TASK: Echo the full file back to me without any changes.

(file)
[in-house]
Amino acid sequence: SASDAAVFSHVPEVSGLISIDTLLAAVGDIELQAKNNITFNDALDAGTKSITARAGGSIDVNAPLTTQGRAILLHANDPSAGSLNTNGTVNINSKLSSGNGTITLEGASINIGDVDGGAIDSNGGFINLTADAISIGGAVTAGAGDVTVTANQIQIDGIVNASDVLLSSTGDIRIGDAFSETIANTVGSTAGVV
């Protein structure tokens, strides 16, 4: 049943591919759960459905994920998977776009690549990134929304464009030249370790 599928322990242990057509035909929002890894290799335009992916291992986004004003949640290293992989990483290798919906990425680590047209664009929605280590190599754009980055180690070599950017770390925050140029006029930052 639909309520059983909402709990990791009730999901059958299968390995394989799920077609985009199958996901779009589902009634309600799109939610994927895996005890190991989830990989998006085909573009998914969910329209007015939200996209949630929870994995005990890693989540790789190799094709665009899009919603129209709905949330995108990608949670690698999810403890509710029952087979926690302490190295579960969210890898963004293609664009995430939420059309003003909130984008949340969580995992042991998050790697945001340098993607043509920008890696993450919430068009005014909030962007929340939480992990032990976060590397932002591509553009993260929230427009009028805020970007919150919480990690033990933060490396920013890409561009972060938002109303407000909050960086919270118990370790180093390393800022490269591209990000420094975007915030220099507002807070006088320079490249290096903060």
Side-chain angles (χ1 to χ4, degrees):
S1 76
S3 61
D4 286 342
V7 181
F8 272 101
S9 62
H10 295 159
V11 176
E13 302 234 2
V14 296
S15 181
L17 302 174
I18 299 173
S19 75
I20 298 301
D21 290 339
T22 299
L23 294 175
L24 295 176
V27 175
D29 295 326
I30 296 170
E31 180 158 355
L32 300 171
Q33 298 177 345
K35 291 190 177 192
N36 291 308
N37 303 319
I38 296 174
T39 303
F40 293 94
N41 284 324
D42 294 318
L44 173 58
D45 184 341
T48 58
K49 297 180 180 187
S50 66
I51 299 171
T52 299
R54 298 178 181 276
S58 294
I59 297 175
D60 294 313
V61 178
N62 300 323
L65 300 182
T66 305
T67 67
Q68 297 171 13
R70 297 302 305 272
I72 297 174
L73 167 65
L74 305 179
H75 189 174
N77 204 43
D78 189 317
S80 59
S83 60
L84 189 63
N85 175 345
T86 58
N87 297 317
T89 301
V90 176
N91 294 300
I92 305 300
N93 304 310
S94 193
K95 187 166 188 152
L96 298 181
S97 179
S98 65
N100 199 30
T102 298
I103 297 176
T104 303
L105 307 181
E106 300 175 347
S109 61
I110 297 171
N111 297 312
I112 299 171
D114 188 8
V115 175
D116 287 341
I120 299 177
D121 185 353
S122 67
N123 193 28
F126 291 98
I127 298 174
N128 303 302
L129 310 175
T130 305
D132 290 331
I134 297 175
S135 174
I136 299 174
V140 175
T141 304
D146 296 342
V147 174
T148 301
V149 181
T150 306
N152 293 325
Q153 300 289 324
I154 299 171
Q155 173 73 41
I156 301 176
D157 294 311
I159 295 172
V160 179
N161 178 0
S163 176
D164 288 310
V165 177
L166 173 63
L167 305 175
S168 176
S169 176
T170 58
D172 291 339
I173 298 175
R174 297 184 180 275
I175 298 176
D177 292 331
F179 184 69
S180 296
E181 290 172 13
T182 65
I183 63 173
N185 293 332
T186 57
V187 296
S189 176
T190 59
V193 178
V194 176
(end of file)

[in-house]
Amino acid sequence: SASDAAVFSHVPEVSGLISIDTLLAAVGDIELQAKNNITFNDALDAGTKSITARAGGSIDVNAPLTTQGRAILLHANDPSAGSLNTNGTVNINSKLSSGNGTITLEGASINIGDVDGGAIDSNGGFINLTADAISIGGAVTAGAGDVTVTANQIQIDGIVNASDVLLSSTGDIRIGDAFSETIANTVGSTAGVV
């Protein structure tokens, strides 16, 4: 049943591919759960459905994920998977776009690549990134929304464009030249370790 599928322990242990057509035909929002890894290799335009992916291992986004004003949640290293992989990483290798919906990425680590047209664009929605280590190599754009980055180690070599950017770390925050140029006029930052 639909309520059983909402709990990791009730999901059958299968390995394989799920077609985009199958996901779009589902009634309600799109939610994927895996005890190991989830990989998006085909573009998914969910329209007015939200996209949630929870994995005990890693989540790789190799094709665009899009919603129209709905949330995108990608949670690698999810403890509710029952087979926690302490190295579960969210890898963004293609664009995430939420059309003003909130984008949340969580995992042991998050790697945001340098993607043509920008890696993450919430068009005014909030962007929340939480992990032990976060590397932002591509553009993260929230427009009028805020970007919150919480990690033990933060490396920013890409561009972060938002109303407000909050960086919270118990370790180093390393800022490269591209990000420094975007915030220099507002807070006088320079490249290096903060």
Side-chain angles (χ1 to χ4, degrees):
S1 76
S3 61
D4 286 342
V7 181
F8 272 101
S9 62
H10 295 159
V11 176
E13 302 234 2
V14 296
S15 181
L17 302 174
I18 299 173
S19 75
I20 298 301
D21 290 339
T22 299
L23 294 175
L24 295 176
V27 175
D29 295 326
I30 296 170
E31 180 158 355
L32 300 171
Q33 298 177 345
K35 291 190 177 192
N36 291 308
N37 303 319
I38 296 174
T39 303
F40 293 94
N41 284 324
D42 294 318
L44 173 58
D45 184 341
T48 58
K49 297 180 180 187
S50 66
I51 299 171
T52 299
R54 298 178 181 276
S58 294
I59 297 175
D60 294 313
V61 178
N62 300 323
L65 300 182
T66 305
T67 67
Q68 297 171 13
R70 297 302 305 272
I72 297 174
L73 167 65
L74 305 179
H75 189 174
N77 204 43
D78 189 317
S80 59
S83 60
L84 189 63
N85 175 345
T86 58
N87 297 317
T89 301
V90 176
N91 294 300
I92 305 300
N93 304 310
S94 193
K95 187 166 188 152
L96 298 181
S97 179
S98 65
N100 199 30
T102 298
I103 297 176
T104 303
L105 307 181
E106 300 175 347
S109 61
I110 297 171
N111 297 312
I112 299 171
D114 188 8
V115 175
D116 287 341
I120 299 177
D121 185 353
S122 67
N123 193 28
F126 291 98
I127 298 174
N128 303 302
L129 310 175
T130 305
D132 290 331
I134 297 175
S135 174
I136 299 174
V140 175
T141 304
D146 296 342
V147 174
T148 301
V149 181
T150 306
N152 293 325
Q153 300 289 324
I154 299 171
Q155 173 73 41
I156 301 176
D157 294 311
I159 295 172
V160 179
N161 178 0
S163 176
D164 288 310
V165 177
L166 173 63
L167 305 175
S168 176
S169 176
T170 58
D172 291 339
I173 298 175
R174 297 184 180 275
I175 298 176
D177 292 331
F179 184 69
S180 296
E181 290 172 13
T182 65
I183 63 173
N185 293 332
T186 57
V187 296
S189 176
T190 59
V193 178
V194 176